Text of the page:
Smart Growth for Small Towns
Smart Growth for Small Towns relates the principles of Smart Growth to towns and rural communities, providing examples, discussion, explanation, and advice on community design and development.
The educational information provided on this site is intended to contribute to an understanding of the intent and purpose of the Smart Growth principles. However, planning for the future of our small towns requires input from a variety of fields and includes issues of design, policymaking, and governance. This site is focused primarily upon design issues associated with small towns and is intended to serve as a resource for government officials, teachers, designers, and the general public.
The explanation of each Smart Growth principle includes the following:
A.) Discussion of the purpose of the principles and why it is important.
B.) Strategies that suggest actions communities can take to help achieve the goals of the principle.
Ten Principles of Smart Growth:
- Mix land uses
- Take advantage of compact building design
- Create a range of housing opportunities and choices
- Create walkable neighborhoods
- Foster distinctive, attractive communities with a strong sense of place
- Preserve open space, farmland, natural beauty, and critical environmental areas
- Strengthen and direct development towards existing communities
- Provide a variety of transportation choices
- Make development decisions predictable, fair, and cost effective
- Encourage community and stakeholder collaboration in development decisions
Smart Growth for Small Towns is a cooperative project of Extension faculty of the Department of Landscape Architecture and the Stennis Institute of Government and Community Development. For more information contact Michael Seymour, Associate Extension Professor at Michael.Seymour@msstate.edu or Jeremy Murdock, Research Associate at Jeremy@sig.msstate.edu.
BILOXI, Miss. -- The 2017 Mississippi Coastal Cleanup has been rescheduled for Nov. 18 in the aftermath of Hurricane Nate.
“Authorities have closed all beaches for the cleaning that has to be done after the hurricane,” said Eric Sparks, event co-coordinator and assistant professor with the Mississippi State University Extension Service. “It is illegal for anyone to be on the beaches until authorities reopen them, so we had to postpone our cleanup event.”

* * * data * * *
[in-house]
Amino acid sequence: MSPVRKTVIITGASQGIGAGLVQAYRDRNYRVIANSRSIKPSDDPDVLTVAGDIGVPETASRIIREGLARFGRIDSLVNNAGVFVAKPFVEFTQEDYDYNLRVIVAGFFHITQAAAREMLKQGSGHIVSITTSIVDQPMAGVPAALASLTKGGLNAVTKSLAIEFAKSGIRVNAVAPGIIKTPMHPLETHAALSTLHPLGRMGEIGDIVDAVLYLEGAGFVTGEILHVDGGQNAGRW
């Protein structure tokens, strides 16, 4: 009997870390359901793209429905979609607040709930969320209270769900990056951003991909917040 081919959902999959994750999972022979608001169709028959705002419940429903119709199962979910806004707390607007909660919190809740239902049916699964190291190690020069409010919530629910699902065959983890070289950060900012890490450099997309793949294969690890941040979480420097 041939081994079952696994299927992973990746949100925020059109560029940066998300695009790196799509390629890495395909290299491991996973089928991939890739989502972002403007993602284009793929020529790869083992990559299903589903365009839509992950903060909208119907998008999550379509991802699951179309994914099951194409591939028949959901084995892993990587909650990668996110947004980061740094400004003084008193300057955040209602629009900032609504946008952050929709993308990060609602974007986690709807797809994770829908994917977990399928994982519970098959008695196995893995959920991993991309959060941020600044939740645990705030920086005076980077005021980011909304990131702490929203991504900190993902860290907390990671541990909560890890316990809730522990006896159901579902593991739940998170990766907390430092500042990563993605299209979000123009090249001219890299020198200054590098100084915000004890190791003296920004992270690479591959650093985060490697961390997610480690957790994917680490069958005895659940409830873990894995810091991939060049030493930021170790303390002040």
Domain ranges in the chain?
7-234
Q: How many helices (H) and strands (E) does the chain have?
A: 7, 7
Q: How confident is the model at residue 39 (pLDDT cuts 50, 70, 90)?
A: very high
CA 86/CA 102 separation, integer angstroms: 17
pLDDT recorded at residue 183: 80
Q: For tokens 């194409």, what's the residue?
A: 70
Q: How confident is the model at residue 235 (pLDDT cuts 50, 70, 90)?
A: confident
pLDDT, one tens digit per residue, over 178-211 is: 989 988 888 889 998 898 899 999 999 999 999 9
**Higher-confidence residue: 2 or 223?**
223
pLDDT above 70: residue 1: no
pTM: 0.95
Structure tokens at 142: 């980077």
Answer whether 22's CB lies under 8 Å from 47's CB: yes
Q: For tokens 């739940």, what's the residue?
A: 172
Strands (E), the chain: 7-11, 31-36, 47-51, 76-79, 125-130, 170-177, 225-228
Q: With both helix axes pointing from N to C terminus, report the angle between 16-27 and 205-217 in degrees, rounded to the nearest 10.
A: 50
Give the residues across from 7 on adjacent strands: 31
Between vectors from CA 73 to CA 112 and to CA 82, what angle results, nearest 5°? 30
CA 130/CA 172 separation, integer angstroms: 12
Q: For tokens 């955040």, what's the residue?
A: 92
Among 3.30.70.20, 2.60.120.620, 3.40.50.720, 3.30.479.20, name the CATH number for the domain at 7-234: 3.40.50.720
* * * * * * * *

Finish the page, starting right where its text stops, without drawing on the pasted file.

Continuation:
STARKVILLE, Miss. -- October is Children’s Health Month, but Mississippi’s Junior Master Wellness Volunteers are dedicated year-round to “promoting healthy living through community connections” in the state.
The Junior Master Wellness Volunteer program, or JrMWV, is a community health education and volunteer leader training program offered through the Mississippi State University Extension Service 4-H program in partnership with the University of Mississippi Medical Center and the UMMC/Myrlie Evers-Williams Institute.
Ann Sansing, MSU Extension community health coordinator, said this is the latest program developed in a five-year partnership with the medical center around delivery of the Community Health Advocate curriculum, which began there under the leadership of Dr. Rick deShazo.
STARKVILLE, Miss. -- The leader of a Mississippi-based, national initiative to help families and communities prepare for disasters has earned an additional certification from the Federal Emergency Management Agency.
Ryan Akers, an associate Extension professor in the Mississippi State University School of Human Sciences, just graduated from an in-depth course provided by FEMA. The curriculum addressed advanced concepts in disaster management, agency organization, community response and emergency professions.
BILOXI, Miss. -- Volunteers can help tidy Mississippi’s beaches and other coastal areas during the 2017 Mississippi Coastal Cleanup on Oct. 21.
The 29th annual event begins at 8 a.m. and ends at 11 a.m. at more than 40 sites in Jackson, Harrison and Hancock counties. Participants will help remove plastic bottles, food wrappers, cigarette butts and other trash.
Organized by the Mississippi State University Extension Service and the Mississippi Marine Debris Task Force, this event has helped remove millions of pounds of trash from the state’s beaches, waterways and barrier islands since 1988. Last year alone, volunteers removed 14 tons of litter from about 200 miles of coastal area.
STARKVILLE, Miss. – First responders and disaster experts know that good intentions can lay the foundations for disastrous conditions after hurricane winds and floods subside.
Through the Mississippi State University Extension Service, Anne Howard Hilbun conducts disaster response training for citizens and emergency workers. She is an instructor with the MSU Extension Center for Government and Community Development.
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Before she became the Hancock County Youth Court judge, Elise Deano was a school teacher. She jokes that she became a lawyer because she taught school, but Deano wants to make sure young people get an opportunity to turn their lives around.
In 2016, Myrtle native Michael Hale was looking for a meaningful, lasting way to remember his late wife, Vicki M. Smith.